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NHF Attends Annual Society of Sponsors of the US Navy Luncheon

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Rosalie Calhoun, outgoing President of the Society of Sponsors of the United States Navy, poses with the President’s Cup.

On Thursday, 2 May 2013, Naval Historical Foundation Executive Director Captain Todd Creekman, USN (Ret), his wife Debbie, and Digital Historian Dave Colamaria had the pleasure of attending the annual Society of Sponsors of the United States Navy luncheon. The event was held at the Westwood Country Club in Vienna. The featured speaker was former Undersecretary of the Navy the Honorable Robert Work, who spoke about the Navy’s current fiscal challenges, as well as the history of ship naming. During an earlier private business meeting, Dr. Barbara Pilling was elected President of the Society of Sponsors for 2013-2015. Dr. Pilling, an NHF Board member, has been the guiding force behind our STEM-H Teacher Fellowship Program. We congratulate her on this new position! We also want to congratulate outgoing President Rosalie Calhoun, who completed a very successful (and very busy) term of office.

On display at the luncheon was the striking Society of Sponsors President’s Cup, which features the names of each of the Society’s Presidents since 1908. The sterling silver cup was produced in the early 1900s by Washington, DC’s oldest business, Galt & Bro. Jewelers which was established in 1802 by James Galt. During the period the cup was designed and produced, Edith Galt became manager of the firm in 1908 following her husband’s death, and married President Woodrow Wilson in 1915. The business closed in 2001 after nearly two centuries of continuous operation; it’s final year in operation was reportedly its most profitable. The Cup is normally on display in the Navy Museum at the Washington Navy Yard, under the terms of a special arrangement with the Society. NHF assists the Society by receiving the Cup on temporary loan from the Museum for updating the engraved President’s listing and display at the luncheon. In addition, NHF hosts and maintains the Society’s website, which you can visit at:

The Naval Historical Foundation has a long standing relationship with the Society of Sponsors, dating back to the early 20th century. For those who aren’t familiar with the Society, it is composed of the select group of women who have been chosen over the years by the Secretary of the Navy to sponsor a U.S. Navy warship. The most recognizable function of a Sponsor is to break the bottle of champagne on the bow of her ship at a christening ceremony, but the role of a Sponsor extends far beyond that, as detailed here on the Society’s website.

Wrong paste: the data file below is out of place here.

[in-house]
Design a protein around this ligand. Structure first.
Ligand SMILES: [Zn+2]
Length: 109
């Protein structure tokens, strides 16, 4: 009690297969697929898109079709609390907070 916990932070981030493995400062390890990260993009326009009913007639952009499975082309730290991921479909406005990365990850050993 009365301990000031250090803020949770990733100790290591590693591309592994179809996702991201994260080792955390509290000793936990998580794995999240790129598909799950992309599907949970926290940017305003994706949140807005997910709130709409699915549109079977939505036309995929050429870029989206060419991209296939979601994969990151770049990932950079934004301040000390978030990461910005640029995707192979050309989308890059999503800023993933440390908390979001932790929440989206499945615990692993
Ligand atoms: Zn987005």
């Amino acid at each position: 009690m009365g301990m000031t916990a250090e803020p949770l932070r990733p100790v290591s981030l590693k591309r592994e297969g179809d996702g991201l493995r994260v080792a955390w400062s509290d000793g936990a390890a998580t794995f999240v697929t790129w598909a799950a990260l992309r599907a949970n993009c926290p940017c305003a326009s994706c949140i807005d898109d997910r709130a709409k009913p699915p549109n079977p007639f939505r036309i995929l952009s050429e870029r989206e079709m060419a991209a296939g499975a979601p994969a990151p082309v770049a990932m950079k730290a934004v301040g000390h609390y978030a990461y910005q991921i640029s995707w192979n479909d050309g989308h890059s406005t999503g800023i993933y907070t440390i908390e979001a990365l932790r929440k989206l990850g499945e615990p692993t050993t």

NHF was founded in 1926, but the Society predates us nearly 20 years, with a founding date of 1908. Over the years our partnership has grown, and NHF attendance at the annual luncheons has been a regular occurrence. Recently we uncovered a fascinating document in our archives: a speech delivered by Commodore Dudley Knox (standing in for NHF President Fleet Admiral Ernest King, who was unable to attend) at the 1947 Society luncheon. We’ve scanned that speech, and you can download a copy here. Knox closed the speech by stating that “your objectives are akin to ours. You perpetuate naval history and tradition in an inspiring way that helps to build and keep alive naval morale. The service counts you among its best friends–friends of the spirit–the spirit of our Navy and our country.” More than 60 years later, those words continue to ring true.

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  1. janet gehman

    Thanks for the history about the Society, the Cup and your coverage of the event. What a thrill to have the address by Commodore Knox.

  2. Martha Donovan

    Thank you for your fine article. I have been a member of the Society since christening KANAWHA (T-AO 196) in 1990. I never knew the history of the beautiful sterling silver cup. Our cherished recently deceased member, Ann Conolly Hughey always took the time at board meetings to update us on the Society’s special relationship with the Naval Hisorical Foundation and the role NHF plays in the display and security of the Society’s treasured prisident’s cup.

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